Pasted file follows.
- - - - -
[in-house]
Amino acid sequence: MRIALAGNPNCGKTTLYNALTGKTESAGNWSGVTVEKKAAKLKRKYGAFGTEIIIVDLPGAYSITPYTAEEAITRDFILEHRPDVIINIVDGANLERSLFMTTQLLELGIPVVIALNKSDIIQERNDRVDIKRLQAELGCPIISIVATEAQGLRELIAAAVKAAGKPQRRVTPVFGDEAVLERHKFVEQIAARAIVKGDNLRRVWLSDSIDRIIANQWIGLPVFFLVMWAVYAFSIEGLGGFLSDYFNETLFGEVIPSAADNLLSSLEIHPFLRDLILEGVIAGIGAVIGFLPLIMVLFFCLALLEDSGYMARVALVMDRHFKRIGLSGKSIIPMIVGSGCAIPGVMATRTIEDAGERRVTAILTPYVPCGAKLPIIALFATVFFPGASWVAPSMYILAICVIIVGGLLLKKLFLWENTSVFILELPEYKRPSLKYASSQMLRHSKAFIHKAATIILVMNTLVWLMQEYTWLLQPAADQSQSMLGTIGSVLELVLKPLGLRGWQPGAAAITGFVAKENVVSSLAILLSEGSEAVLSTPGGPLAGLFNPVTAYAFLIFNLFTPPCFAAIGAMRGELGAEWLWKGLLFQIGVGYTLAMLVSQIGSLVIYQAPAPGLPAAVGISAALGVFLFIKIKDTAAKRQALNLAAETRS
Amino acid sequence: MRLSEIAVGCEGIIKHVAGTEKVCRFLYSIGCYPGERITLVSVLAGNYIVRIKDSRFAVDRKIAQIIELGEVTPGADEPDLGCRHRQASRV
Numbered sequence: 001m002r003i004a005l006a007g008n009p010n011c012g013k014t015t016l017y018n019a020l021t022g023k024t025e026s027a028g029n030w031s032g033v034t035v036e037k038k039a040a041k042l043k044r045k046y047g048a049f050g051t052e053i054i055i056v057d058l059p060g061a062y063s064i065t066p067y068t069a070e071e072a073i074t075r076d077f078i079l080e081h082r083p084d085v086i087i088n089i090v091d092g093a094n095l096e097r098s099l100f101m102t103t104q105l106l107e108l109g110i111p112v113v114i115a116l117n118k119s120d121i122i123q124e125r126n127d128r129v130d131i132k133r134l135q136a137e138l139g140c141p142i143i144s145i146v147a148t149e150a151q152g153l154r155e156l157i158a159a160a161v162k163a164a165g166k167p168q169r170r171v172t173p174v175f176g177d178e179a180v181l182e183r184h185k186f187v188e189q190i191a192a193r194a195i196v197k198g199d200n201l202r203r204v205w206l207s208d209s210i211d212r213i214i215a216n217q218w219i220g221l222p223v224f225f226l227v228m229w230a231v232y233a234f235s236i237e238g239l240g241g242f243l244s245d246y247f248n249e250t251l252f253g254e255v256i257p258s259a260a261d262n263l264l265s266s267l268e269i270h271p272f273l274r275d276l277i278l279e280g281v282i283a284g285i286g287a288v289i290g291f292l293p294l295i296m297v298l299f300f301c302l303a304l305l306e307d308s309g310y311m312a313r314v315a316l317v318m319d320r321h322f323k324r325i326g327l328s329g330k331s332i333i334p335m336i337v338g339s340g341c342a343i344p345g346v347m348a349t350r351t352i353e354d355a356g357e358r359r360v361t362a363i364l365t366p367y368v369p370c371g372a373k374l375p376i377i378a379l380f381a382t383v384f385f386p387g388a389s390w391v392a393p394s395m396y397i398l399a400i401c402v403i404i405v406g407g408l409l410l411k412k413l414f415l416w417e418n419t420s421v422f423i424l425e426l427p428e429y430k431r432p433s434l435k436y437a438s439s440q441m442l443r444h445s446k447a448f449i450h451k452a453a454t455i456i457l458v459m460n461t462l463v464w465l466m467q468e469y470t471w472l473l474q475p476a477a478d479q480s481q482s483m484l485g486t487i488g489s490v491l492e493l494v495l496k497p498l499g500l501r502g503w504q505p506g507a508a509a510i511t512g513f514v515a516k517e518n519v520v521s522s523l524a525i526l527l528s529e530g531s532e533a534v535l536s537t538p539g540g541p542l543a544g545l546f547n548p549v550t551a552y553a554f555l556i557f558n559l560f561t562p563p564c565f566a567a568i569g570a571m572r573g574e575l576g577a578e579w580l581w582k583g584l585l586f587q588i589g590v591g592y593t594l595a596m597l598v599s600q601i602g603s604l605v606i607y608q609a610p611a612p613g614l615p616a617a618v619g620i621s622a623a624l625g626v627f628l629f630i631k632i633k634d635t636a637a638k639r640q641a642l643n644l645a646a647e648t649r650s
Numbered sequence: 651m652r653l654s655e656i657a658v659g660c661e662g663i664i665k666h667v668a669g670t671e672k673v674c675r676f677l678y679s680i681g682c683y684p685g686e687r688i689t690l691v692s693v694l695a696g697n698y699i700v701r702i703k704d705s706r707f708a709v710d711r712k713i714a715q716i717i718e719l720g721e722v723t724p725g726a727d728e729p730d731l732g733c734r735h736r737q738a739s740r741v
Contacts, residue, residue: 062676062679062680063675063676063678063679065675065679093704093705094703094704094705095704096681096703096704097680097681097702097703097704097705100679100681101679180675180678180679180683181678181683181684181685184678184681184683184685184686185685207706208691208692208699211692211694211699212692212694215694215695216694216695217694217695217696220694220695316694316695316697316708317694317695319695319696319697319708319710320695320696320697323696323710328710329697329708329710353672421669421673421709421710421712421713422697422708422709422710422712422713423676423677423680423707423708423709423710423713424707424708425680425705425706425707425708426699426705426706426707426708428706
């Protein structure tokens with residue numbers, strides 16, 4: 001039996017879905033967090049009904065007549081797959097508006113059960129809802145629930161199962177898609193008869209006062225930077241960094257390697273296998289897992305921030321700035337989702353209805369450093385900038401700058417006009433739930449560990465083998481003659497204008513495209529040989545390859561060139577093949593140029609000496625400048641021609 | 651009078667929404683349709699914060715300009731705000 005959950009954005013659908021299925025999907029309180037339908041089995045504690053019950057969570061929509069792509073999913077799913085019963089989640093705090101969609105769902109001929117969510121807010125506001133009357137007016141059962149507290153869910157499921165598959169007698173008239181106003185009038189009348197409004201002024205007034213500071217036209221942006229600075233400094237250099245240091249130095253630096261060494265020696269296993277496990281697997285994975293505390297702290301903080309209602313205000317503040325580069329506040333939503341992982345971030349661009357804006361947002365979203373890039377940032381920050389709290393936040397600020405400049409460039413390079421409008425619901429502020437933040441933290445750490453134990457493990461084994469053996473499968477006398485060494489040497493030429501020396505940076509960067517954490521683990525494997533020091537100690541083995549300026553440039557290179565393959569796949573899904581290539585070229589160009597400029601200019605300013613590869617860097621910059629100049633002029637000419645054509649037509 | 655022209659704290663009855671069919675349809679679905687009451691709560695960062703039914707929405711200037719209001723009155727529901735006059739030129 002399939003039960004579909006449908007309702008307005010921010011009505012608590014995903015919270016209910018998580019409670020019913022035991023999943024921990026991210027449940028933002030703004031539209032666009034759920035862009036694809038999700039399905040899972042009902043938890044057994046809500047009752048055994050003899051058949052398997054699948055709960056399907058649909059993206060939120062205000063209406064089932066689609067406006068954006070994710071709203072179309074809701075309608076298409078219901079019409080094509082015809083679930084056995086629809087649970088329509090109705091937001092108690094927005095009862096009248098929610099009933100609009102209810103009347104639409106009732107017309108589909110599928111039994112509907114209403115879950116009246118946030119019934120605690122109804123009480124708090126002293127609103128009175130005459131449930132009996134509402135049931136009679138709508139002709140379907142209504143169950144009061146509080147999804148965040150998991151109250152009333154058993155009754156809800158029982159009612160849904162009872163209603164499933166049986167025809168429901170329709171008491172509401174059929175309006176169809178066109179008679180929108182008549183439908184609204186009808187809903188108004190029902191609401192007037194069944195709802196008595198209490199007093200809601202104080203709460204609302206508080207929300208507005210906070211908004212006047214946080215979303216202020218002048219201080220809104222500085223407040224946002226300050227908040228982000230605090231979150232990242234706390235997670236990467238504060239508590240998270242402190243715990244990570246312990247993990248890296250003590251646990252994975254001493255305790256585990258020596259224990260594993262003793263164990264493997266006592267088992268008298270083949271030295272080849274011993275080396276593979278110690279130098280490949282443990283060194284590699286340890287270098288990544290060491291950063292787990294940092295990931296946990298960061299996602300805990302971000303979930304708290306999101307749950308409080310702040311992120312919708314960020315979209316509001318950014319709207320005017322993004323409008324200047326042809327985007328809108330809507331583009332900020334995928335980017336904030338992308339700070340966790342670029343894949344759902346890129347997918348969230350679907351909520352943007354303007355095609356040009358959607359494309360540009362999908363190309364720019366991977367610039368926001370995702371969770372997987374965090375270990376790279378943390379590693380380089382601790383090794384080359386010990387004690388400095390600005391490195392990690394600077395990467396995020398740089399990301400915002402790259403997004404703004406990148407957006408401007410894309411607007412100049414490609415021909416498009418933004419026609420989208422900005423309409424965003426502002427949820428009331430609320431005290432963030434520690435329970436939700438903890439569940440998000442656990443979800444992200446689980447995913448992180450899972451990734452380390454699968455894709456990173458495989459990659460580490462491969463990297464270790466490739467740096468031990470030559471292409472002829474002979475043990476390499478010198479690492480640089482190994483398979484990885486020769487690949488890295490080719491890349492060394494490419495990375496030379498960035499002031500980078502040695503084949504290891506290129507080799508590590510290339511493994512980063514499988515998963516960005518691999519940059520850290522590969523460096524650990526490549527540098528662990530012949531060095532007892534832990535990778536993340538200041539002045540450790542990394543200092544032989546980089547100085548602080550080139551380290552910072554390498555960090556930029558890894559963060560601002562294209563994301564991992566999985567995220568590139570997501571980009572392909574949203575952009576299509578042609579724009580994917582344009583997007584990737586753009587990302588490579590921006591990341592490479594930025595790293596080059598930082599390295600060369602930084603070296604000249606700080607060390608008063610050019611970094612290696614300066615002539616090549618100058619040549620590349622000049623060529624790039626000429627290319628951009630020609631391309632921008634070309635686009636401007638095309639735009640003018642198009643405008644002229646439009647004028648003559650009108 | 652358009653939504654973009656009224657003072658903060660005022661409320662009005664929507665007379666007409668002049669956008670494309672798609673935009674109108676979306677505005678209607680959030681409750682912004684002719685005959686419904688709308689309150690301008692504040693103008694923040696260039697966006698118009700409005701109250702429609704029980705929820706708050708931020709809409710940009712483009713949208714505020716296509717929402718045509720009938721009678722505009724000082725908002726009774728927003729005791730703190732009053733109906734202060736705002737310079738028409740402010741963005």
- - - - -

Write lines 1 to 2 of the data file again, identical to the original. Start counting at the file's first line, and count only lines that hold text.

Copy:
[in-house]
Amino acid sequence: MRIALAGNPNCGKTTLYNALTGKTESAGNWSGVTVEKKAAKLKRKYGAFGTEIIIVDLPGAYSITPYTAEEAITRDFILEHRPDVIINIVDGANLERSLFMTTQLLELGIPVVIALNKSDIIQERNDRVDIKRLQAELGCPIISIVATEAQGLRELIAAAVKAAGKPQRRVTPVFGDEAVLERHKFVEQIAARAIVKGDNLRRVWLSDSIDRIIANQWIGLPVFFLVMWAVYAFSIEGLGGFLSDYFNETLFGEVIPSAADNLLSSLEIHPFLRDLILEGVIAGIGAVIGFLPLIMVLFFCLALLEDSGYMARVALVMDRHFKRIGLSGKSIIPMIVGSGCAIPGVMATRTIEDAGERRVTAILTPYVPCGAKLPIIALFATVFFPGASWVAPSMYILAICVIIVGGLLLKKLFLWENTSVFILELPEYKRPSLKYASSQMLRHSKAFIHKAATIILVMNTLVWLMQEYTWLLQPAADQSQSMLGTIGSVLELVLKPLGLRGWQPGAAAITGFVAKENVVSSLAILLSEGSEAVLSTPGGPLAGLFNPVTAYAFLIFNLFTPPCFAAIGAMRGELGAEWLWKGLLFQIGVGYTLAMLVSQIGSLVIYQAPAPGLPAAVGISAALGVFLFIKIKDTAAKRQALNLAAETRS